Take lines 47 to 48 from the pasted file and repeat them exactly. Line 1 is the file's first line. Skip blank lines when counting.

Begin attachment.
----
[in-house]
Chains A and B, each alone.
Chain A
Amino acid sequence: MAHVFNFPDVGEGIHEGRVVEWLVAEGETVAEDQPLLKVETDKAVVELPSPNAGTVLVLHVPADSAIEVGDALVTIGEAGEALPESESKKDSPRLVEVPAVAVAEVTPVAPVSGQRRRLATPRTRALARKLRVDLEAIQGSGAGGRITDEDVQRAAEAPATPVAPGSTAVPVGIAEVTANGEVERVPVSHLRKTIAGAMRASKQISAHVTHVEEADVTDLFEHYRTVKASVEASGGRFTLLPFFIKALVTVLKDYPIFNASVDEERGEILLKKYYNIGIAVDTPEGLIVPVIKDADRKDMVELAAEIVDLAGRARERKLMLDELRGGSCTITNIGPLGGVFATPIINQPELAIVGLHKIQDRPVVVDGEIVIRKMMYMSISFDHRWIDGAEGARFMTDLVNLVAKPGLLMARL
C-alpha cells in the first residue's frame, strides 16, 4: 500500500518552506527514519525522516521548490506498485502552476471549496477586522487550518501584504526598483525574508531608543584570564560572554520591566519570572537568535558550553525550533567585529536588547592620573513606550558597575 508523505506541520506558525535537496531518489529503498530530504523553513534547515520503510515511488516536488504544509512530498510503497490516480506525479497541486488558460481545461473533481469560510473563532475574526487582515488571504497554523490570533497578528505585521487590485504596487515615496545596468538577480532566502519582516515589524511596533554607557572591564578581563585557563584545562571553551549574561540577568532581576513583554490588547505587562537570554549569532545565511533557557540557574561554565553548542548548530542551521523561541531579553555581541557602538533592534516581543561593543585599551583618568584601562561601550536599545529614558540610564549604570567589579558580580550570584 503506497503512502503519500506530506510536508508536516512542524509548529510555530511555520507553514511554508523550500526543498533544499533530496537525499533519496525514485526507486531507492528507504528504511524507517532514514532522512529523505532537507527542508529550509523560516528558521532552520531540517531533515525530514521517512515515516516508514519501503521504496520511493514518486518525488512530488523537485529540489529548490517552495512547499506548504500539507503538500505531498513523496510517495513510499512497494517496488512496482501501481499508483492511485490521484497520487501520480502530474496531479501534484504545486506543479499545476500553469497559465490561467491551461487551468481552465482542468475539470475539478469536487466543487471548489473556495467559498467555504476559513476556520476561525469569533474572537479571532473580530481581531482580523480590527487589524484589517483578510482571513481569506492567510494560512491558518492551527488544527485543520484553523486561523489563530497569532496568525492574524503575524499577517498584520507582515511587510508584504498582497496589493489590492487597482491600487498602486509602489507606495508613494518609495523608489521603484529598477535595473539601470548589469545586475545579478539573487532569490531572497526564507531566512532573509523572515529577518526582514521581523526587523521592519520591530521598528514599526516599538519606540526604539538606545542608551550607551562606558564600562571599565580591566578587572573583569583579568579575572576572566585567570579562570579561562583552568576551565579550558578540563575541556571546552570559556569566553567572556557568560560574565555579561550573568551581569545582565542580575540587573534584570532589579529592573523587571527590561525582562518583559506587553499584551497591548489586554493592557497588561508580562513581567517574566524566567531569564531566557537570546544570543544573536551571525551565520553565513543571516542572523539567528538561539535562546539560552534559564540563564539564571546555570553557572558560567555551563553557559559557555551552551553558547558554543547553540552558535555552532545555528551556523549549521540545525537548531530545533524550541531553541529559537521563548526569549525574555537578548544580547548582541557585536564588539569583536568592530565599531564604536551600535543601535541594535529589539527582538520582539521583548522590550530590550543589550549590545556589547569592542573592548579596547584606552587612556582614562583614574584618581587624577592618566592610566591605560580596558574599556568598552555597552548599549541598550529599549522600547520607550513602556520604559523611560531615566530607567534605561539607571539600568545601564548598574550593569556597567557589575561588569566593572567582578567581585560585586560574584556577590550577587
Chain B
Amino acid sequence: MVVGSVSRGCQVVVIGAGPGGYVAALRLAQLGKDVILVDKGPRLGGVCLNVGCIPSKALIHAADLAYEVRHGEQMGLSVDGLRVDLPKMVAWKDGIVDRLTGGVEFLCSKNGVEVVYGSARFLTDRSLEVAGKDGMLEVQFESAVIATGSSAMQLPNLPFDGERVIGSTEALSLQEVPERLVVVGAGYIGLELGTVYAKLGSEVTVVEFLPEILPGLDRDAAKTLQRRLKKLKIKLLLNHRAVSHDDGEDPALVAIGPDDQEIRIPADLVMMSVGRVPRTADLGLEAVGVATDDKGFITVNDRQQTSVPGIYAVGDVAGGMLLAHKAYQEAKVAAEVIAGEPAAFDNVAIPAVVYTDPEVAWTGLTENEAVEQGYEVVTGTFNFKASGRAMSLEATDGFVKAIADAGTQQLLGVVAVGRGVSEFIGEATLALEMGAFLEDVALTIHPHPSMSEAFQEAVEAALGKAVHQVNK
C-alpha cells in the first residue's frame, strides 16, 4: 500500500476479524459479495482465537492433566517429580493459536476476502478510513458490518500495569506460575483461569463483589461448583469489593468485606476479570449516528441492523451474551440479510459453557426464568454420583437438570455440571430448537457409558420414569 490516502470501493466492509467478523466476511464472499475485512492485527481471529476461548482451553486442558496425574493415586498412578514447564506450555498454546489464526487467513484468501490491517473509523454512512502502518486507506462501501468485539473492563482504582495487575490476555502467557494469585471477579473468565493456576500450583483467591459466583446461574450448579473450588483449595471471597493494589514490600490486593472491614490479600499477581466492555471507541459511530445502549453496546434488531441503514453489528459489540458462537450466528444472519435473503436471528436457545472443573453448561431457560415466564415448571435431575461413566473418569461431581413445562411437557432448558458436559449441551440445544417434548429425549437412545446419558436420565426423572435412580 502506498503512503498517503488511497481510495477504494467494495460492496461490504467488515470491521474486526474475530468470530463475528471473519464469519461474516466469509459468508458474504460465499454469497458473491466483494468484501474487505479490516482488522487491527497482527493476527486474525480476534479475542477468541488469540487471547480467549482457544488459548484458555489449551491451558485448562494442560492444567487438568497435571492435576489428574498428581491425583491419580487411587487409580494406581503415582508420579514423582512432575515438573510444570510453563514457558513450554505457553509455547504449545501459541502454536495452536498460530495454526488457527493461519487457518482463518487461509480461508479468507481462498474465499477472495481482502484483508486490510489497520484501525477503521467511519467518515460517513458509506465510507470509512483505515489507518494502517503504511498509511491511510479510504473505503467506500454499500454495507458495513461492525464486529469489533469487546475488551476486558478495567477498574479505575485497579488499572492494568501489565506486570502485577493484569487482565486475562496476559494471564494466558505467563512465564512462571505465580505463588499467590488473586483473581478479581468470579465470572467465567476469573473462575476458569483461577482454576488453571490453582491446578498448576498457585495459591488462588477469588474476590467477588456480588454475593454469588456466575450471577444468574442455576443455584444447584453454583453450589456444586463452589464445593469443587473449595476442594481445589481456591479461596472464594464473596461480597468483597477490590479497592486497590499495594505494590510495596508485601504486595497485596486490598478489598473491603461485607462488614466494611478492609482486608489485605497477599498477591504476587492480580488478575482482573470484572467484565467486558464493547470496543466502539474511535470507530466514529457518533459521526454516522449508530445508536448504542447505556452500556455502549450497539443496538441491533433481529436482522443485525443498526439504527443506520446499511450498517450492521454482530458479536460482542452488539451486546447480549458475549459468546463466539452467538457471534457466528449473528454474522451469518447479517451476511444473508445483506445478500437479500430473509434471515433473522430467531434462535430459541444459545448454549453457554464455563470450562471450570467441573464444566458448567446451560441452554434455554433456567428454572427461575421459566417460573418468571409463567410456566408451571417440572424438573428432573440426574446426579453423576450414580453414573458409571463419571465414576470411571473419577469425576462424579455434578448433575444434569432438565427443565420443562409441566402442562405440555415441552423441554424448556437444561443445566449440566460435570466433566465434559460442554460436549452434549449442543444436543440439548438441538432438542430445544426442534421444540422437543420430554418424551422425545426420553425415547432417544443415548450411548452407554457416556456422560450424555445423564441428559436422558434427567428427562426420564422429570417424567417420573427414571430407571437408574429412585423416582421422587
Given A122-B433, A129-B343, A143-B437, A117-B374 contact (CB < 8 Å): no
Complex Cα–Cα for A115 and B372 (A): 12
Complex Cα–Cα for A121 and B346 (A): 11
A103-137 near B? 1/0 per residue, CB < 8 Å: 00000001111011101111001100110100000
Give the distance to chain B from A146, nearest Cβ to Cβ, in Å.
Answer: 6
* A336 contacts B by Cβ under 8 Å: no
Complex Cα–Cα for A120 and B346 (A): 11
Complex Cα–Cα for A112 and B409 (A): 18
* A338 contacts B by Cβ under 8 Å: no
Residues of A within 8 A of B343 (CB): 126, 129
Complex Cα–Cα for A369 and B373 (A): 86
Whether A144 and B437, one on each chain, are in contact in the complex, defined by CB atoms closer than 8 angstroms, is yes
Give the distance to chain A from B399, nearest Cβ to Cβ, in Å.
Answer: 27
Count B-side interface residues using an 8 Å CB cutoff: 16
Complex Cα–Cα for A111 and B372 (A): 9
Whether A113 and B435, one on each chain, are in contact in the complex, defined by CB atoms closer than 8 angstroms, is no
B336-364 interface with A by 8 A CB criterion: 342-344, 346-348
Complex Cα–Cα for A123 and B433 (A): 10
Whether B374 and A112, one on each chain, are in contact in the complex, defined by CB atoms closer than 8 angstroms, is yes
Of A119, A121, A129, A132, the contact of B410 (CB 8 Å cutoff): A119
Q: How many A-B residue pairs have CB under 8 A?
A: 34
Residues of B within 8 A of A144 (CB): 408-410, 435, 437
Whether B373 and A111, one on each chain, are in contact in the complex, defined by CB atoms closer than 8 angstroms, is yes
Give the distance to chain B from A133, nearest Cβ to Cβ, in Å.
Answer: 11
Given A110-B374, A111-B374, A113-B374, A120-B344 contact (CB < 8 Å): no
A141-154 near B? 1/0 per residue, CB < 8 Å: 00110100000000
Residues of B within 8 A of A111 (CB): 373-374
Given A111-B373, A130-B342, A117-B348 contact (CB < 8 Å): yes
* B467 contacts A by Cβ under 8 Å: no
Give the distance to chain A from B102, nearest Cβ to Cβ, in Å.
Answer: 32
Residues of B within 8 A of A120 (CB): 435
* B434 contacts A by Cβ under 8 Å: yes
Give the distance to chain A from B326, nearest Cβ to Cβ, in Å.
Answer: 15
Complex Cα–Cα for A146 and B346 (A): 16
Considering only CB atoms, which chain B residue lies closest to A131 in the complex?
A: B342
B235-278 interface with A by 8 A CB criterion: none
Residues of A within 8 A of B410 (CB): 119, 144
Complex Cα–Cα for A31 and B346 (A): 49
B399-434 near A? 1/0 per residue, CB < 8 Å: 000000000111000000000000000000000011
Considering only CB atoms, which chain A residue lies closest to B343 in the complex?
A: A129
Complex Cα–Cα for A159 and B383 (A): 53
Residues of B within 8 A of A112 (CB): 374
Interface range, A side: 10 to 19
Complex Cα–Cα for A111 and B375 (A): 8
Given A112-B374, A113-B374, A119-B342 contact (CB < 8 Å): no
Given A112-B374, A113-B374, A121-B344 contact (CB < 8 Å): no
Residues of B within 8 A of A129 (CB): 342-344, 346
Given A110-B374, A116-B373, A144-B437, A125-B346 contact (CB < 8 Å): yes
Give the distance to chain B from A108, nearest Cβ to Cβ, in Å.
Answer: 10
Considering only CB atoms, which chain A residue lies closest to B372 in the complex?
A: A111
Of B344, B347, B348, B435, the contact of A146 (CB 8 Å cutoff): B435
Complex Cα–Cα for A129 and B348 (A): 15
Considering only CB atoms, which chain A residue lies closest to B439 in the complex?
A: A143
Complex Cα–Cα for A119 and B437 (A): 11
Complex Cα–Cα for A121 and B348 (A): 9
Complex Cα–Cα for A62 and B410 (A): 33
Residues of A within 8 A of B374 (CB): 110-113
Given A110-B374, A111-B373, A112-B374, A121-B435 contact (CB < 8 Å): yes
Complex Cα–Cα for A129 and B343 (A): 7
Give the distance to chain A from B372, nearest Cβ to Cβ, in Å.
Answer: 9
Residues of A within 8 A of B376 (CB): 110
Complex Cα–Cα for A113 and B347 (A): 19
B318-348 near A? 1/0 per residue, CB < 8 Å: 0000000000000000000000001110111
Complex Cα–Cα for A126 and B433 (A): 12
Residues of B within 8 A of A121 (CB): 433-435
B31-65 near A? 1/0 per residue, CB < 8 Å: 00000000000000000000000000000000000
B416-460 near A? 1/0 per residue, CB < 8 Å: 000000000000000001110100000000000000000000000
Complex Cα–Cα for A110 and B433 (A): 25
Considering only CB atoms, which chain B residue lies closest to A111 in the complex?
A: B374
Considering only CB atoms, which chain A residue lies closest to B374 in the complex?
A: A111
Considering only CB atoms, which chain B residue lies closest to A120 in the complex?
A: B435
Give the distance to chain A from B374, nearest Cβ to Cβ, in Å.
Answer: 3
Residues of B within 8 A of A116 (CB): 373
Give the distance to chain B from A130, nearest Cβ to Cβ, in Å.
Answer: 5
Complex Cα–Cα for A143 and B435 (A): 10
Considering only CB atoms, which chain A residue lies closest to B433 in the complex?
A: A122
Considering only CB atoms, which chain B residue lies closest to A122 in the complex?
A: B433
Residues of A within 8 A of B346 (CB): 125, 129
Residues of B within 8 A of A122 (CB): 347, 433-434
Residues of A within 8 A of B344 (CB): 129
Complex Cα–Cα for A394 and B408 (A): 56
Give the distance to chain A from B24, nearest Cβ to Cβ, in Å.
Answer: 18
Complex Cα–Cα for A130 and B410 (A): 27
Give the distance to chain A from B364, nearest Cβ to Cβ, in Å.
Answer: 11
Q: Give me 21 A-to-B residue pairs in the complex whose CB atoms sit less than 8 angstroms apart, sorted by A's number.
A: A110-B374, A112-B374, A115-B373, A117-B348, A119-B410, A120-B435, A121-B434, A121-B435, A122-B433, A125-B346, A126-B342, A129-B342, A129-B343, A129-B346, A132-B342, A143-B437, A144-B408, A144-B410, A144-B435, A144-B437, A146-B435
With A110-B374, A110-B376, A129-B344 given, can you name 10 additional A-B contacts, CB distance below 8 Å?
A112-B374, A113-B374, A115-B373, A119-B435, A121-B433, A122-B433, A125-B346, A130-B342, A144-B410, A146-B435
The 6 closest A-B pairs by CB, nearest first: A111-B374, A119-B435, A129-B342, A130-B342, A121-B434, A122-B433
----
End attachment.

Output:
Answer: 15
Complex Cα–Cα for A146 and B346 (A): 16